Let's Twist Again? The Bond Market Is Hinting At A Huge Disappointment For Stocks On June 20

Tyler Durden's picture

When it comes to the future, suddenly torn by economic uncertainty driven by a plunging stock market and a tanking economy, the talking heads and the sellside brigade have opined: more QE, preferably in the form of asset purchases. After all it was none other than Goldman earlier today who said that "our confidence that the FOMC will ease policy once more at the June 19-20 meeting has also grown... Our baseline remains that Fed officials will purchase a mixture of mortgages and long-term Treasuries, financed via balance sheet expansion... If they decide to extend their balance sheet, they could add excess bank reserves or “sterilize” the reserve impact via reverse repos and/or term deposits." In other words: not sterilized, or bye bye Chubby Checker (recall that even Goldman finally admitted two months ago that when it comes to Fed intervention, what matters is flow - as a result Twist has been largely ineffective in recreating the effect of QE1 and 2). To be sure even more respected investors like Pimco have bet the house that the NEW QE will constitute primarily of more MBS purchases. Yet the real question is what is the bond market telling us: after all when it comes to matters such as these, one should completely ignore stocks, and certainly the talking heads, and instead focus on what bonds are saying. And here is where the stock market may be headed for a great disappointment: because now that the bar has been set so far, anything less than full blown LSAP, or a merely extension of Twist, would likely send stocks plunging. Which, ironically, and completely in opposition to stocks, is what bonds are expecting...

Recall that Zero Hedge first presented two months ago the refutation to Hilsenrath's manufactured leak that the Fed could do more QE if need be, in the form of more Twisting. Well "need be", however there is one small problem: the Fed will run out of bonds to sell in the sub-3 Year maturity window: after June 30, the Fed will have only $175 million of sub-3 year TSYs in the SOMA, which means an outright extension of Twist under the existing conditions could last at most another 2 months.

There is however one loophole: merely shifting the selling "detachment" point one year to the right: instead of selling 3 Years and less, the Fed could sell bonds maturing in 2016 and sooner. This would provide the Fed with enough dry selling powder to last it for quite a few months.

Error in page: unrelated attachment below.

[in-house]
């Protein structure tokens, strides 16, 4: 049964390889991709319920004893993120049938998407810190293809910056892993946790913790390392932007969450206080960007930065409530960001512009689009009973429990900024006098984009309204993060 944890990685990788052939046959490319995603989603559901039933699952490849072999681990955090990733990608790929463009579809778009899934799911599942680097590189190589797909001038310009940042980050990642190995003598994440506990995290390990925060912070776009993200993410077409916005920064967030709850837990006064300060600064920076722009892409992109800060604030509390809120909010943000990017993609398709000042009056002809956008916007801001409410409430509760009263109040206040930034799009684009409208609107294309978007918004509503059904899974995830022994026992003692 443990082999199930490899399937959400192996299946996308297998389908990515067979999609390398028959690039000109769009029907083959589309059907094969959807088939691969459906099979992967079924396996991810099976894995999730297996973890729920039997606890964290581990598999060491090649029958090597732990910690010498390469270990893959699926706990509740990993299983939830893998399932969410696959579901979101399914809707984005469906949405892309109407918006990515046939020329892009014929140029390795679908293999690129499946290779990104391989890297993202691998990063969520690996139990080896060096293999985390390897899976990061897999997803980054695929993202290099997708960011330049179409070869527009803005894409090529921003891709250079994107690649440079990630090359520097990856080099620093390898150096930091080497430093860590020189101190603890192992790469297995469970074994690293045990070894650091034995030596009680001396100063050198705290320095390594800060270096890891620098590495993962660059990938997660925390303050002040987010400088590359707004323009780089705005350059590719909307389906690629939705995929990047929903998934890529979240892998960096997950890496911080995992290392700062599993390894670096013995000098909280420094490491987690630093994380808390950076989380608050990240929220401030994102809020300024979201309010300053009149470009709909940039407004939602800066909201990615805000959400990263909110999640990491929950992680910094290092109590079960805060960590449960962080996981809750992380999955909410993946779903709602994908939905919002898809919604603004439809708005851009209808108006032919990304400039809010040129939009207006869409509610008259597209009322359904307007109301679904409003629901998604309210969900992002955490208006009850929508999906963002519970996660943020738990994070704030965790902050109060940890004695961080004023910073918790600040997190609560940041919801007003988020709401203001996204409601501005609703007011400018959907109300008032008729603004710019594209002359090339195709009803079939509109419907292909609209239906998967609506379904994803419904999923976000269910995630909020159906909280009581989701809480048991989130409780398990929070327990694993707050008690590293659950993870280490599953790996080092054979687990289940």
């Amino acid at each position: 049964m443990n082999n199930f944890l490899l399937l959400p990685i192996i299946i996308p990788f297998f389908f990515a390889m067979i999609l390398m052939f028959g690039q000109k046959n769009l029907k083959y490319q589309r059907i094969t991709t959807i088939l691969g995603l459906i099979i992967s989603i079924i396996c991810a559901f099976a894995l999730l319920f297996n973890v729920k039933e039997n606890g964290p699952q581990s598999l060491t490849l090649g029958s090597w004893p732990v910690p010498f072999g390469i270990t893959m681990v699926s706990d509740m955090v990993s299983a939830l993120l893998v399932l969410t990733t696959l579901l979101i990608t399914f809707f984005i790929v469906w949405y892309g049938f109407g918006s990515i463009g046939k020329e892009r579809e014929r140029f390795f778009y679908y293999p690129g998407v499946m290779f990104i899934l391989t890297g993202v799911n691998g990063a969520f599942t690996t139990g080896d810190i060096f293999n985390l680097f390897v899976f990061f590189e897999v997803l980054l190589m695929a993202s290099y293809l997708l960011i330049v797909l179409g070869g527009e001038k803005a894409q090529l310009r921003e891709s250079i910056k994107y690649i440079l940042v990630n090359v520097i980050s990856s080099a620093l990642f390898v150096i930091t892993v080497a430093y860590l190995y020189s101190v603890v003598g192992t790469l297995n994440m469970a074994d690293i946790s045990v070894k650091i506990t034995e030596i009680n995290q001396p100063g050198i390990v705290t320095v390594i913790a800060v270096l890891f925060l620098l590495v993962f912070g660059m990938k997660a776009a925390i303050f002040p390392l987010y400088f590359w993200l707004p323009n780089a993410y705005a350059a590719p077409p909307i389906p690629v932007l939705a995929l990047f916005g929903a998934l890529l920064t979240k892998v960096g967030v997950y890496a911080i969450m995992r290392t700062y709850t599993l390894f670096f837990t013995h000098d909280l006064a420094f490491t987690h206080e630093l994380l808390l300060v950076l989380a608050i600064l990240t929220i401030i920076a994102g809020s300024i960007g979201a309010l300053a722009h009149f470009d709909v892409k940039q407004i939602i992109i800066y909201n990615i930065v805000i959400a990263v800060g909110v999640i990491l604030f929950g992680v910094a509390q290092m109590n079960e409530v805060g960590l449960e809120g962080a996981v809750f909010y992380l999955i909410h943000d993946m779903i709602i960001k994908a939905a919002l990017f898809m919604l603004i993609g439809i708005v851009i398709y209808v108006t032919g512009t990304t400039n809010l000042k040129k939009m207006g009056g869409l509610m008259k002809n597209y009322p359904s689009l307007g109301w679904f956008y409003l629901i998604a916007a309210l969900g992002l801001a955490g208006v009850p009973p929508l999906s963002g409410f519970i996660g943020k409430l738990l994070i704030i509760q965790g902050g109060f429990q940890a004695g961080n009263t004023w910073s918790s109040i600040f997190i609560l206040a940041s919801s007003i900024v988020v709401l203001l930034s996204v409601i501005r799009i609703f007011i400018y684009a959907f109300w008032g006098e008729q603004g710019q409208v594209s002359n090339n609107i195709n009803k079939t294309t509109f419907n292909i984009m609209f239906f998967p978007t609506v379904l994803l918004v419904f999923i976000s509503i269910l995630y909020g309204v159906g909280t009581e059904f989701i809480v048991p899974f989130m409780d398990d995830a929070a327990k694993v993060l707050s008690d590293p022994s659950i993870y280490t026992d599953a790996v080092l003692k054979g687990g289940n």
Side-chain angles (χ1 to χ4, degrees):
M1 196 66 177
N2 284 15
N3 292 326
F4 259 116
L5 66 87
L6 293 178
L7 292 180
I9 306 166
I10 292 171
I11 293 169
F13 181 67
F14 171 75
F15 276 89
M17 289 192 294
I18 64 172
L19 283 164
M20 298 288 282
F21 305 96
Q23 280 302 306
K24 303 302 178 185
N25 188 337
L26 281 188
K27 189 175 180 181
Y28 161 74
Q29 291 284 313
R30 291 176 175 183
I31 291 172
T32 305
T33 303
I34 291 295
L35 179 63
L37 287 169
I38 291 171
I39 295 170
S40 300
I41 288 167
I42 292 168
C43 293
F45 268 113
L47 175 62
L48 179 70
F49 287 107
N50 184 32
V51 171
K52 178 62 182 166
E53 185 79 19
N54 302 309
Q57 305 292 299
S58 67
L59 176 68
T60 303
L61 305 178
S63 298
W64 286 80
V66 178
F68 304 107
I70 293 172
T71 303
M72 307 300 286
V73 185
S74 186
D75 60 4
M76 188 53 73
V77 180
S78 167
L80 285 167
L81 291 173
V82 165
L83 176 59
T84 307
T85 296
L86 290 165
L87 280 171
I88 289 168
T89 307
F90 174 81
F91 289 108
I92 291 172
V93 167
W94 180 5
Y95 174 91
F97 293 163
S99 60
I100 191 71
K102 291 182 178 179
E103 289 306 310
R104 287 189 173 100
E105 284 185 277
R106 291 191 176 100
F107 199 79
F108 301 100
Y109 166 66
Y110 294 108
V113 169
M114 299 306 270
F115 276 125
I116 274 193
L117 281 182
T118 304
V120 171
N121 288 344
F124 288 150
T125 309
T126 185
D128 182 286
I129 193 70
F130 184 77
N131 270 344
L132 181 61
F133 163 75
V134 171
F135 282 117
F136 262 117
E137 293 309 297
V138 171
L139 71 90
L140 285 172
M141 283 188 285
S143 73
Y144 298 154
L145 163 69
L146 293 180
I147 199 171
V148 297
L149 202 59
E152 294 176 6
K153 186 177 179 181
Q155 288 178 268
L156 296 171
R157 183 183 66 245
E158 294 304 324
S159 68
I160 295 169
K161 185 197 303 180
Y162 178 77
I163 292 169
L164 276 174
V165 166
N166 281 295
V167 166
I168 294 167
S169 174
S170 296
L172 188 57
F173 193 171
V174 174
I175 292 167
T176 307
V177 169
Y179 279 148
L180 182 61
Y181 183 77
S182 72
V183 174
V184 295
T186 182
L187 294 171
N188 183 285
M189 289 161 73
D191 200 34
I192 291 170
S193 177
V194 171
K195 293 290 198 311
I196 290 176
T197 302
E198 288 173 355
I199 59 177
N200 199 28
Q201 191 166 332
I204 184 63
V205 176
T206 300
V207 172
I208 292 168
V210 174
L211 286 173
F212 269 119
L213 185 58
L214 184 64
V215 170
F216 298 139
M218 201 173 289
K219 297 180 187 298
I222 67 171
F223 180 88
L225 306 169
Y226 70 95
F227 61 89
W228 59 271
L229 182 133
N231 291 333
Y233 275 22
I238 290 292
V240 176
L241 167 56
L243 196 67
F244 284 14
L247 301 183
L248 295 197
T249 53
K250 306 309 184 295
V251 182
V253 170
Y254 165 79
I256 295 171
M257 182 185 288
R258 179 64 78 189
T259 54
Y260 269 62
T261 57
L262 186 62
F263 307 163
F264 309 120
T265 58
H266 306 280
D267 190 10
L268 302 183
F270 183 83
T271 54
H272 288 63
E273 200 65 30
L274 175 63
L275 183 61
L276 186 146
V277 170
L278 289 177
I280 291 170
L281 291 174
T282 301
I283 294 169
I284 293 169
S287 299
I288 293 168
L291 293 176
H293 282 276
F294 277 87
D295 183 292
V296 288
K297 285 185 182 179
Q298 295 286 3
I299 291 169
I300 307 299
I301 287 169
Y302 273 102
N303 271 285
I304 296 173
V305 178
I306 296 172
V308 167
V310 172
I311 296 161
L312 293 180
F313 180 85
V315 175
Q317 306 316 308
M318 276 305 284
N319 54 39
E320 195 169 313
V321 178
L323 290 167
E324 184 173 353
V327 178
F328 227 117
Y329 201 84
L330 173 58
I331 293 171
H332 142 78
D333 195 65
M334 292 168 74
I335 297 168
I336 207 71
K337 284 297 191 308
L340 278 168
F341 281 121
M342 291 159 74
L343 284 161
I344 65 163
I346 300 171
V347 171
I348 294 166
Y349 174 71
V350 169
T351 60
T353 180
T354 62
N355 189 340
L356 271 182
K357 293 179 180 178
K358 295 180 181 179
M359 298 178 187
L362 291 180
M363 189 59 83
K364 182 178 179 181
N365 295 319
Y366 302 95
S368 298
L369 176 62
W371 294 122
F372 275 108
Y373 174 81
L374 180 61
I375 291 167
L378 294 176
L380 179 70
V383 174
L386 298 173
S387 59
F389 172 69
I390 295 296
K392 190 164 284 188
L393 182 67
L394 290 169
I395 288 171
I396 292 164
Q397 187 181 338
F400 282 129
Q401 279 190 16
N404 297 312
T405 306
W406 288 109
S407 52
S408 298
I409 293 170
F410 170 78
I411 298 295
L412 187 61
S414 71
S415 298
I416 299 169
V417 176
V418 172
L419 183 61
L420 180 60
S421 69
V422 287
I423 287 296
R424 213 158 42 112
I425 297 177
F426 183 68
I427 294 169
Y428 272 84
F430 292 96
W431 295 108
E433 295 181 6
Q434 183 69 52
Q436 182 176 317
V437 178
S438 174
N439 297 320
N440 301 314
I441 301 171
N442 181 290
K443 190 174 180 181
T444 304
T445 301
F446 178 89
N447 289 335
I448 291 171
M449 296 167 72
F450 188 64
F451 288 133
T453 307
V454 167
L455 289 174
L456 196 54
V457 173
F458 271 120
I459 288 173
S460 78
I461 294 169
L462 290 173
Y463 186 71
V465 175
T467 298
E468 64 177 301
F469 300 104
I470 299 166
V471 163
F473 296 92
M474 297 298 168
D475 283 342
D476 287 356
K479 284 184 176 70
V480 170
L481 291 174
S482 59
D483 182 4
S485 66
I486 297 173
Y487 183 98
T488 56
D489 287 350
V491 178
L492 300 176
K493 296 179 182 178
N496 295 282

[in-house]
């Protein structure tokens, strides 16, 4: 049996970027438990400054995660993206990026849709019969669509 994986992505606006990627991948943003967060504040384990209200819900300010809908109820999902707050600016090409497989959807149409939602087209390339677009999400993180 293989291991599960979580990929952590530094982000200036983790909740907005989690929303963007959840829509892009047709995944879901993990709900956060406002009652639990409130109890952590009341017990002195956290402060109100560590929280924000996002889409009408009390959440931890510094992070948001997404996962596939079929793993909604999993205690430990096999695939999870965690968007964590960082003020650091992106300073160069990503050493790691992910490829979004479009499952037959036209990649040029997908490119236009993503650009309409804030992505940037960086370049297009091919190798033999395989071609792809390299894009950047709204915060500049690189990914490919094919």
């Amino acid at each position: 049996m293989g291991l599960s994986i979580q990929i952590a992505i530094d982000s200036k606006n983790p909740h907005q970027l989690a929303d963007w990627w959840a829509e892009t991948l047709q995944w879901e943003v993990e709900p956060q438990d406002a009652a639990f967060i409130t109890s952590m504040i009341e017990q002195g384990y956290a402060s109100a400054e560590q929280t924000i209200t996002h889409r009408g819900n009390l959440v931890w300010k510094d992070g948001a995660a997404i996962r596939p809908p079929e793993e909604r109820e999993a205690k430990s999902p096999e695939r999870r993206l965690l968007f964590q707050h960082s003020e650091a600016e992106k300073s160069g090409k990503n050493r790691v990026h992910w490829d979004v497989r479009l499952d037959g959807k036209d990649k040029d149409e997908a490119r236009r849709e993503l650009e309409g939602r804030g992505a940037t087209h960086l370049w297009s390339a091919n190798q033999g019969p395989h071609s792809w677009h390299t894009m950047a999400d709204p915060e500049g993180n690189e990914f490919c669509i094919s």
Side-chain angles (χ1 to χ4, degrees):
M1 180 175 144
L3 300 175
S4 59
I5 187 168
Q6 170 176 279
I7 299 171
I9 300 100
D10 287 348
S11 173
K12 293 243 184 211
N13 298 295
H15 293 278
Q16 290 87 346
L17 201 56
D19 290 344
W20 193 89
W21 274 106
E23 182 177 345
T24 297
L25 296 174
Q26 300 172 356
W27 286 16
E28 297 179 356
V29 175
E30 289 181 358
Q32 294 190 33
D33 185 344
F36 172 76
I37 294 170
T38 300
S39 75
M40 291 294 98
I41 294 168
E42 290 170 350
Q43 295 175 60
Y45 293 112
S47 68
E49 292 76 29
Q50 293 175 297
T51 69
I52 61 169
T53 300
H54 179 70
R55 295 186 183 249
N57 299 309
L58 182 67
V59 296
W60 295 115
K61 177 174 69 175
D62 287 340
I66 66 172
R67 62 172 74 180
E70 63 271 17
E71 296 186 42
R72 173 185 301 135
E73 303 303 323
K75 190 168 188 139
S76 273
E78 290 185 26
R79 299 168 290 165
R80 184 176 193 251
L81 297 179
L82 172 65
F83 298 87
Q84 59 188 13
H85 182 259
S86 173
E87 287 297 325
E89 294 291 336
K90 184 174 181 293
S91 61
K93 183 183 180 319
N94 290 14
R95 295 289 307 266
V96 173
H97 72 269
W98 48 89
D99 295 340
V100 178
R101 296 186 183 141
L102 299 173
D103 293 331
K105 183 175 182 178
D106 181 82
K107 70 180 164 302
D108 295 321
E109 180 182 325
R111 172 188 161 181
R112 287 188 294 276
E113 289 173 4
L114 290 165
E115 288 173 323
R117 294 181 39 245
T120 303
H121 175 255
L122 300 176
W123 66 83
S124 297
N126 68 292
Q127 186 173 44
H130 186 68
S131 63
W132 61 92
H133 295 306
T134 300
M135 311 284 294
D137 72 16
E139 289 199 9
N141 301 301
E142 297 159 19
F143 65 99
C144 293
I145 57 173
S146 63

This is precisely what bonds are implying will happen, as the below analysis from Barclays.

It also means that the stock market, which is now fully ignroing the possibility of a simpe Twist extension, and demands unsterilizied Balance sheet expansion, will be very, very disappointed if on June 20, Bernanke announces what the bond market is saying right about now.

From Barclays:

Well I've been gone for a while, so I thought I'd just share observations on my return. With the poor report, chances of additional easing have increased. So far it seems the marktet has moved away from pricing in qe through sterilized reverse repos as 1yr OIS is moving virtually in line with overnight fed effective (chart 1).

This shouldn't happen if you expect reverse repos down the line. Instead, the market is pricing in an op twist extension into the 4yr point. Attached is a chart of the 3 week change in Tsy-OIS through the curve graphed against the remaining SOMA holdings within a 6 month range of each maturity point. As you can see, there has been a huge cheapening in the 4yr point where the Fed would need to move into to continue twist and the other notable mini spike being around the 2/14-4/14 area where the Fed still has large holdings.I'm still not sure what the Fed will do and haven't fully judged the valuations off these moves, but I thought it interesting to point out how the bond market seems to be voting so far in terms of additional easing.


Translated: when it comes to what is announced on June 20 at 2:15:01 pm (assuming there are no more Federal Reserve Xerox machine snags), bonds are bracing for the worst: which under the current circumstances is the Venn diagram intersection between full blown LSAP-based QE, which would at least send stocks soaring, and no QE at all, which would at least preserve the illusion that a virtuous cycle is still possible if only on paper.

Under these conditions, Chubby Checker would be the most unwelcome visitor for what is left of the equity bulls possible.